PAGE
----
Now that the kind and understanding Mullahs of Saudi Arabia, Qatar and Brunei have consented to allow their nation’s second-class citizens to participate, the 2012 Olympic Games are the first ever in which every country’s team includes women.
It’s about time. Some of us have a weird thing for chicks in chadors, especially when they’re shooting air rifles.
The Middle Easterners coming late to the international party have some legitimate concerns. Like marriage, another helpless victim under constant attack from destructive homosexuals, certain helpless institutions must be defended by various legislative Acts. Or athletic bans. Female modesty can’t be adequately protected by swimming suits, leotards, or form-fitting short-shorts.
Seriously. They can’t.
And they shouldn’t be. One of the compelling reasons to watch the Olympics is that most of the athletes, male and female, are beautiful. Their bodies, especially those that have been trained for endurance and power, are close to the museum-quality ideal we see in Greek statuary and Men’s Health cover models. Leonardo couldn’t sketch more perfectly proportioned human anatomy. Just as we admire the musculature of a galloping horse or leaping lioness, the rippling sinews of a finely developed athlete satisfy our constant ocular scan for good-looking images that feed our appetite for symmetry.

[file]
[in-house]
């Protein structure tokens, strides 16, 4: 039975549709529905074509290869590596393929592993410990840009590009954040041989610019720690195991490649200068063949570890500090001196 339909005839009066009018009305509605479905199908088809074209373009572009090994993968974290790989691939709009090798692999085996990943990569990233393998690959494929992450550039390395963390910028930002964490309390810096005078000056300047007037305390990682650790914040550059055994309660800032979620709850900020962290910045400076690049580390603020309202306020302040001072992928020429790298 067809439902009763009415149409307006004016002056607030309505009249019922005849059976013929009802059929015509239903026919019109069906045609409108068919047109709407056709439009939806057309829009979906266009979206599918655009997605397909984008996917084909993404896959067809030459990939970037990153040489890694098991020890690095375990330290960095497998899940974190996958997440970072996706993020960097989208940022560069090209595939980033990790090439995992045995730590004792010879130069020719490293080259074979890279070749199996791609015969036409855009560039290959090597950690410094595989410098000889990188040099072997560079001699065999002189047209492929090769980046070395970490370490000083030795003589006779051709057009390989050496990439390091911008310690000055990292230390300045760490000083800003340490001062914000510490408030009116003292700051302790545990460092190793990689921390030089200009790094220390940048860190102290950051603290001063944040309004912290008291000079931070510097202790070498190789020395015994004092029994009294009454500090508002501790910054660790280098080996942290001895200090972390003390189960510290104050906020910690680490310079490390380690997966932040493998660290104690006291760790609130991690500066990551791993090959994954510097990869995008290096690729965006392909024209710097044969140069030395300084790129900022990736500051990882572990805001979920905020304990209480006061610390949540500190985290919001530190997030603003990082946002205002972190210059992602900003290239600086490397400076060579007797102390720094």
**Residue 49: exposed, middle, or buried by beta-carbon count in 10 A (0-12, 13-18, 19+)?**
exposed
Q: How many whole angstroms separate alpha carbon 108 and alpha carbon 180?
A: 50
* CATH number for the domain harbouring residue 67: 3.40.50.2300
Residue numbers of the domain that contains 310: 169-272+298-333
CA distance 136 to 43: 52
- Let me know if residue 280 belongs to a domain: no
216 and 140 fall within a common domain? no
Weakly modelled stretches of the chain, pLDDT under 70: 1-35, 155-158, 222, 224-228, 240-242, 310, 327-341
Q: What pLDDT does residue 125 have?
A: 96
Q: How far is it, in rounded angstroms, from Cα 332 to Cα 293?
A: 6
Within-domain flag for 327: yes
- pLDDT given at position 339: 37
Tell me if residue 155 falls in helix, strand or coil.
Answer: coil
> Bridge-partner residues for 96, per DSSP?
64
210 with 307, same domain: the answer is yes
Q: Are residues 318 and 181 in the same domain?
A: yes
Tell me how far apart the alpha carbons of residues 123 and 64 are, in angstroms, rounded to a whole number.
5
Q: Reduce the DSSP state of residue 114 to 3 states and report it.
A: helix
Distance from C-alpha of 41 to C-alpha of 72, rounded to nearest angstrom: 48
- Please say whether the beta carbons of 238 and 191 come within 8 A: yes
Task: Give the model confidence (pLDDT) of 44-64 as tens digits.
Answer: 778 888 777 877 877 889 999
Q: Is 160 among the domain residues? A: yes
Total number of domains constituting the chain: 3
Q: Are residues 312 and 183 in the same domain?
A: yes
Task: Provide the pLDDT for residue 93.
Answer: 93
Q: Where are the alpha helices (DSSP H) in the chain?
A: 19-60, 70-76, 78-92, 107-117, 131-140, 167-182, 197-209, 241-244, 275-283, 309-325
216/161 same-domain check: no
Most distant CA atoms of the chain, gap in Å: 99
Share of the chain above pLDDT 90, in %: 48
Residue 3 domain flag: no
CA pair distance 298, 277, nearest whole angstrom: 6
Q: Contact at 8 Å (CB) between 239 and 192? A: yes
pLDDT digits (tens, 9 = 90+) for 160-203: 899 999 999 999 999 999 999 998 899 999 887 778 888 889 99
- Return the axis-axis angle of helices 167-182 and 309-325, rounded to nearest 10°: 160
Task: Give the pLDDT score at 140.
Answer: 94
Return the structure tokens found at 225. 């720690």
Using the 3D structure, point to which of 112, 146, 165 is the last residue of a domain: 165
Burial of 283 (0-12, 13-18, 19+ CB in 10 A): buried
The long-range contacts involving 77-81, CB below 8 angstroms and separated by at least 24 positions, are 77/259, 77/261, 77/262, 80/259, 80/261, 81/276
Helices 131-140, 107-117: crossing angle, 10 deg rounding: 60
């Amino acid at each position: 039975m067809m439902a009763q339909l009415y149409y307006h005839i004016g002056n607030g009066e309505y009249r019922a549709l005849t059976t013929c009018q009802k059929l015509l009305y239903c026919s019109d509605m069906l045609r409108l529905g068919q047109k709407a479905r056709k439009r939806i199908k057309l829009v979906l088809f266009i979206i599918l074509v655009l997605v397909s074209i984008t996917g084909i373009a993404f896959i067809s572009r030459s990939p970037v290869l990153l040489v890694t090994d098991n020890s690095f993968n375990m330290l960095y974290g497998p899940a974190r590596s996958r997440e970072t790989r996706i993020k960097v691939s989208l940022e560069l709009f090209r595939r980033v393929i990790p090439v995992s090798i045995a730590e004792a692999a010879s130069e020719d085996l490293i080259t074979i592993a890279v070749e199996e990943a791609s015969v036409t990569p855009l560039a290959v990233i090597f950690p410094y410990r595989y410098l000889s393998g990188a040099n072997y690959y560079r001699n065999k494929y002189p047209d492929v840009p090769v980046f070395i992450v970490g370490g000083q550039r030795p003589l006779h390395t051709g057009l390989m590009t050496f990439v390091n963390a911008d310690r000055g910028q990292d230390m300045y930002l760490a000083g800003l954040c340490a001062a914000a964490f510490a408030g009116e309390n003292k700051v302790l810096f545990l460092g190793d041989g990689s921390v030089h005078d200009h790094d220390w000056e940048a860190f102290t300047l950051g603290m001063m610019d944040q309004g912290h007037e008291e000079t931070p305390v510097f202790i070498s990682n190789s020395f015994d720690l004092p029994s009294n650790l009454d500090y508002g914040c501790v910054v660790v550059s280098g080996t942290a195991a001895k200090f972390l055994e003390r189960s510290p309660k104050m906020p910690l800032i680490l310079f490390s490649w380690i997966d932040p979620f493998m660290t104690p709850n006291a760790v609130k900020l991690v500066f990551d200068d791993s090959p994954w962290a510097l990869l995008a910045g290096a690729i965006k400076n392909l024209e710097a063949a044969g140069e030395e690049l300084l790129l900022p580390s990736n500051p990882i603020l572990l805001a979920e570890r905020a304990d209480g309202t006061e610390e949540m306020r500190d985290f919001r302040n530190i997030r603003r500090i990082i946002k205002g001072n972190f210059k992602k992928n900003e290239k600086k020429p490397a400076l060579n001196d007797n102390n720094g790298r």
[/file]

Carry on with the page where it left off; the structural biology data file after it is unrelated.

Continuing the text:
Unlike the purely aesthetic pleasure of looking at art or sculpture, watching beautiful athletes in motion adds the additional thrill of real live gorgeous bodies being arranged in all sorts of delightful poses. In almost every athletic contest, including sports that aren’t on the Olympics menu, like football and baseball, there’s an undercurrent of sexual energy, a throb of sublimated homo-eroticism and lust that runs beneath the sports narrative. We just don’t talk about it. We watch to see who wins, and how, and maybe we notice how tight the running back’s stretchy pants are or what color panties Serena’s wearing. We’re altogether quite comfortable witnessing issues of dominance and submission getting worked out with a ball or a stick. At the Olympics the omnipresent sports-are-sexy factor is exaggerated by the amount of (preposterously well-toned) skin on display.
Televised athletics usually celebrate the achievements and feats of men. For the duration of the London Games, women wearing very little and looking very good will capture the attention of sports voyeurs around the planet. No one will dare mention that the little girls on the balance beam and uneven parallel bars are the stuff of pedophiliac fantasies. Or that the beach volleyball competitors wear only slightly more spandex than Victoria’s Secret models wear lingerie. Or that the entire U.S. 4 X 100 meter relay team could easily peel the lycra out of their crack and slip into a mini-dress for the next Kanye West video.
None of this Body Beautiful stuff is bad or outrageous or harmful to the youth of America, who might be better off ogling perfectly formed asses than movies and video games depicting gun violence. It’s great to be reminded that healthy and fit is the real sexy. We just worry, though, about so many dedicated and pure-hearted Olympic athletes being commoditized as just more fresh meat to be consumed by a viewing audience with an insatiable appetite for fresh meat.
Or maybe that’s the whole idea.